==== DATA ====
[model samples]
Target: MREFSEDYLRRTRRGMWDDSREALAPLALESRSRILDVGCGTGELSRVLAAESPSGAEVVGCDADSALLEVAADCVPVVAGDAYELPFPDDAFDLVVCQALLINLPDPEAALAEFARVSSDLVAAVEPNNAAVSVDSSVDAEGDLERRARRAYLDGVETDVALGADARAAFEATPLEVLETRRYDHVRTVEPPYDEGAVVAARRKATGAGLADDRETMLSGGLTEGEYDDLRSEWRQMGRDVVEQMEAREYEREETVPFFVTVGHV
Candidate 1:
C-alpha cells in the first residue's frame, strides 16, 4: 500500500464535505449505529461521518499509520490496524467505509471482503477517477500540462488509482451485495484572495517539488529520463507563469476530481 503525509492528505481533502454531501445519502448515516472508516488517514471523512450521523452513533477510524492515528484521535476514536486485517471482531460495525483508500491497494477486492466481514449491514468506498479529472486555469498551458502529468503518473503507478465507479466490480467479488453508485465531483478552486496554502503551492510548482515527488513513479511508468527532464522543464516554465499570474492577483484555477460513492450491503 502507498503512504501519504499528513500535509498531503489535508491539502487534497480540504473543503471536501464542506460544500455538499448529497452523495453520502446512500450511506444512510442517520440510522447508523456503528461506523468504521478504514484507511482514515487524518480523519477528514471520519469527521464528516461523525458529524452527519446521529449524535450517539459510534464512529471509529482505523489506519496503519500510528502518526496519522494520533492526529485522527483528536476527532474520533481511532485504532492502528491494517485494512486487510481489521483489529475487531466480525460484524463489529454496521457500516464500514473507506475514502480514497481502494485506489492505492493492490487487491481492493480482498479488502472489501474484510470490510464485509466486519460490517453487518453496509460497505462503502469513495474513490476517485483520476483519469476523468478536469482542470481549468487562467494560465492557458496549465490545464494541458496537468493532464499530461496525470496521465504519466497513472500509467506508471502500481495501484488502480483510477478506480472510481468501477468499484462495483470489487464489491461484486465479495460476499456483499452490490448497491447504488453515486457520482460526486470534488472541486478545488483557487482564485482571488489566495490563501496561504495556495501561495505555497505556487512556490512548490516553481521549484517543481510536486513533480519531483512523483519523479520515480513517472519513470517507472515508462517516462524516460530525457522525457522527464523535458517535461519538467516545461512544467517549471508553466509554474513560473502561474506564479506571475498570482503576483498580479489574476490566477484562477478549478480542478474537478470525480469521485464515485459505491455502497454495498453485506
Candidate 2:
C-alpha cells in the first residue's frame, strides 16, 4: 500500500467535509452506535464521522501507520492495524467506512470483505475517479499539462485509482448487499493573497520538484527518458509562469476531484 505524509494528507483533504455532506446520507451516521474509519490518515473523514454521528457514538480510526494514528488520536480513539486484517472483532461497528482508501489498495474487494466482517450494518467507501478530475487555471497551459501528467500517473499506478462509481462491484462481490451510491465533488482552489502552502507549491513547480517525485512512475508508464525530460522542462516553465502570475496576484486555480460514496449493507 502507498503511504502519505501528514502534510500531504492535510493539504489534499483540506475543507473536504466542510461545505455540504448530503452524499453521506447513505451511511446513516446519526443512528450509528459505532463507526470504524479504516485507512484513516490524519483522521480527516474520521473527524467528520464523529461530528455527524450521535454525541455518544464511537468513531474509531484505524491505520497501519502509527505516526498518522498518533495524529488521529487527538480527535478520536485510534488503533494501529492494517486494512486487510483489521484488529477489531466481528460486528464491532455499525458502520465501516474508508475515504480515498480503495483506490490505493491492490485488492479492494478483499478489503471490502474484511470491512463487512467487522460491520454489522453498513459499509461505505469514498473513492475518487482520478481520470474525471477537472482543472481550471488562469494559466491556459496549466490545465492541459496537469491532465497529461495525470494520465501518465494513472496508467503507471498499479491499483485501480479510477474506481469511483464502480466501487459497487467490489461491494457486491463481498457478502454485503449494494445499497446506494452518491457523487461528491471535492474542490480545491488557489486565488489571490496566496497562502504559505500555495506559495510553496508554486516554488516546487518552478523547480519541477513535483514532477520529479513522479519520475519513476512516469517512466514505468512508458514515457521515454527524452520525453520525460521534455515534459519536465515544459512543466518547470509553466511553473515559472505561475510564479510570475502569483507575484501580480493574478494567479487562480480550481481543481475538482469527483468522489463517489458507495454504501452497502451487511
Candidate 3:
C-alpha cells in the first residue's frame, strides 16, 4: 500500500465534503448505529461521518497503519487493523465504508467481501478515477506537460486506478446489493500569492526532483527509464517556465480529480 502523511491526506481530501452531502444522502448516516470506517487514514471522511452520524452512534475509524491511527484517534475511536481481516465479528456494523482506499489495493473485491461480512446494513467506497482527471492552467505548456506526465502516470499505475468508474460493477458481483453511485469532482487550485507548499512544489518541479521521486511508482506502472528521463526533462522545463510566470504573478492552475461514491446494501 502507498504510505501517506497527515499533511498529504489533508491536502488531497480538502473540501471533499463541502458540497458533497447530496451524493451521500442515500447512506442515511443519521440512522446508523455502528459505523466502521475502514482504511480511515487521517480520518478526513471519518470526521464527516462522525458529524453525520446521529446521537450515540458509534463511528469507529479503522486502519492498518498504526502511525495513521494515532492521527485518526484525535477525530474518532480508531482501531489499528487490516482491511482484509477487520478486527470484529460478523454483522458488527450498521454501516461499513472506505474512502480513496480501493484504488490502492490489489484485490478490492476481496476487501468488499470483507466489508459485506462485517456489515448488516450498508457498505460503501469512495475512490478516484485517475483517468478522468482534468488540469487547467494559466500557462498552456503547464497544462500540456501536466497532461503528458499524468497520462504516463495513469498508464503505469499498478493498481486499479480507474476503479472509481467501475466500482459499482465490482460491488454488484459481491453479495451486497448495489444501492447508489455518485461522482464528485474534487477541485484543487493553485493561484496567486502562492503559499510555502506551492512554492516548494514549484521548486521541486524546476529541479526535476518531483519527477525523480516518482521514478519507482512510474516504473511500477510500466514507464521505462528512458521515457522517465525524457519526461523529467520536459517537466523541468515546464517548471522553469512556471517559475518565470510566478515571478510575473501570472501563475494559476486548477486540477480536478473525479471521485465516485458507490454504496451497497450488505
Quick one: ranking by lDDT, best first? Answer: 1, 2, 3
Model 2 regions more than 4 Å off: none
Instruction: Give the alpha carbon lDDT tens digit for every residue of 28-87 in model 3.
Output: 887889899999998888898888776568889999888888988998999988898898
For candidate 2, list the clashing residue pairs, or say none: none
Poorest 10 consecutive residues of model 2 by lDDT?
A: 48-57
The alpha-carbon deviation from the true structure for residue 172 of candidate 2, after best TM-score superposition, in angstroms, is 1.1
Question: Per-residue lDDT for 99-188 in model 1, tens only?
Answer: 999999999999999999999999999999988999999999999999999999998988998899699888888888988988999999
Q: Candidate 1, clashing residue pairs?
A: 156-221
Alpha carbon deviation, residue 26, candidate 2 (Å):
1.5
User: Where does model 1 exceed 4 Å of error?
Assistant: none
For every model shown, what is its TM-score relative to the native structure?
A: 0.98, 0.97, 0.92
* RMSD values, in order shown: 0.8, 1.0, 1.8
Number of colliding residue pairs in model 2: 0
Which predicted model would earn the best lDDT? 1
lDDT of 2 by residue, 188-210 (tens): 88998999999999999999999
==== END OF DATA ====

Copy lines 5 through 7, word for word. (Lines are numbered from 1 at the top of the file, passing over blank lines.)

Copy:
Candidate 2:
C-alpha cells in the first residue's frame, strides 16, 4: 500500500467535509452506535464521522501507520492495524467506512470483505475517479499539462485509482448487499493573497520538484527518458509562469476531484 505524509494528507483533504455532506446520507451516521474509519490518515473523514454521528457514538480510526494514528488520536480513539486484517472483532461497528482508501489498495474487494466482517450494518467507501478530475487555471497551459501528467500517473499506478462509481462491484462481490451510491465533488482552489502552502507549491513547480517525485512512475508508464525530460522542462516553465502570475496576484486555480460514496449493507 502507498503511504502519505501528514502534510500531504492535510493539504489534499483540506475543507473536504466542510461545505455540504448530503452524499453521506447513505451511511446513516446519526443512528450509528459505532463507526470504524479504516485507512484513516490524519483522521480527516474520521473527524467528520464523529461530528455527524450521535454525541455518544464511537468513531474509531484505524491505520497501519502509527505516526498518522498518533495524529488521529487527538480527535478520536485510534488503533494501529492494517486494512486487510483489521484488529477489531466481528460486528464491532455499525458502520465501516474508508475515504480515498480503495483506490490505493491492490485488492479492494478483499478489503471490502474484511470491512463487512467487522460491520454489522453498513459499509461505505469514498473513492475518487482520478481520470474525471477537472482543472481550471488562469494559466491556459496549466490545465492541459496537469491532465497529461495525470494520465501518465494513472496508467503507471498499479491499483485501480479510477474506481469511483464502480466501487459497487467490489461491494457486491463481498457478502454485503449494494445499497446506494452518491457523487461528491471535492474542490480545491488557489486565488489571490496566496497562502504559505500555495506559495510553496508554486516554488516546487518552478523547480519541477513535483514532477520529479513522479519520475519513476512516469517512466514505468512508458514515457521515454527524452520525453520525460521534455515534459519536465515544459512543466518547470509553466511553473515559472505561475510564479510570475502569483507575484501580480493574478494567479487562480480550481481543481475538482469527483468522489463517489458507495454504501452497502451487511
Candidate 3: